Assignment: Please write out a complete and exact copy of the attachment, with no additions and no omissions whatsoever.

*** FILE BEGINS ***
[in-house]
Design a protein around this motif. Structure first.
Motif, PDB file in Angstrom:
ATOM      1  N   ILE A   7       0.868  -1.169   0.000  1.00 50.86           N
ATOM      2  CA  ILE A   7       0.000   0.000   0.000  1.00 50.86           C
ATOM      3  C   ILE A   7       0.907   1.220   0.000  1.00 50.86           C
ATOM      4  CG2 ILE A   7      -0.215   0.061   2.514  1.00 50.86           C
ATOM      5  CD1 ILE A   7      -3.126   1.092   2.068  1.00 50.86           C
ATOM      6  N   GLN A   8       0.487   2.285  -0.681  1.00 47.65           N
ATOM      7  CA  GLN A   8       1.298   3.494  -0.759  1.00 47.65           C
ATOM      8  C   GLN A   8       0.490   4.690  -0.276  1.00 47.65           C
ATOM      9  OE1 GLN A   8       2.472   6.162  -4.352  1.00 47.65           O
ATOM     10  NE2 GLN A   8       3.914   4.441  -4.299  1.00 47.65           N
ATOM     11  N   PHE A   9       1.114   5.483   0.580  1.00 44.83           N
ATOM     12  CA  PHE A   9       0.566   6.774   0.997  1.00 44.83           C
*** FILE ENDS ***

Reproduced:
[in-house]
Design a protein around this motif. Structure first.
Motif, PDB file in Angstrom:
ATOM      1  N   ILE A   7       0.868  -1.169   0.000  1.00 50.86           N
ATOM      2  CA  ILE A   7       0.000   0.000   0.000  1.00 50.86           C
ATOM      3  C   ILE A   7       0.907   1.220   0.000  1.00 50.86           C
ATOM      4  CG2 ILE A   7      -0.215   0.061   2.514  1.00 50.86           C
ATOM      5  CD1 ILE A   7      -3.126   1.092   2.068  1.00 50.86           C
ATOM      6  N   GLN A   8       0.487   2.285  -0.681  1.00 47.65           N
ATOM      7  CA  GLN A   8       1.298   3.494  -0.759  1.00 47.65           C
ATOM      8  C   GLN A   8       0.490   4.690  -0.276  1.00 47.65           C
ATOM      9  OE1 GLN A   8       2.472   6.162  -4.352  1.00 47.65           O
ATOM     10  NE2 GLN A   8       3.914   4.441  -4.299  1.00 47.65           N
ATOM     11  N   PHE A   9       1.114   5.483   0.580  1.00 44.83           N
ATOM     12  CA  PHE A   9       0.566   6.774   0.997  1.00 44.83           C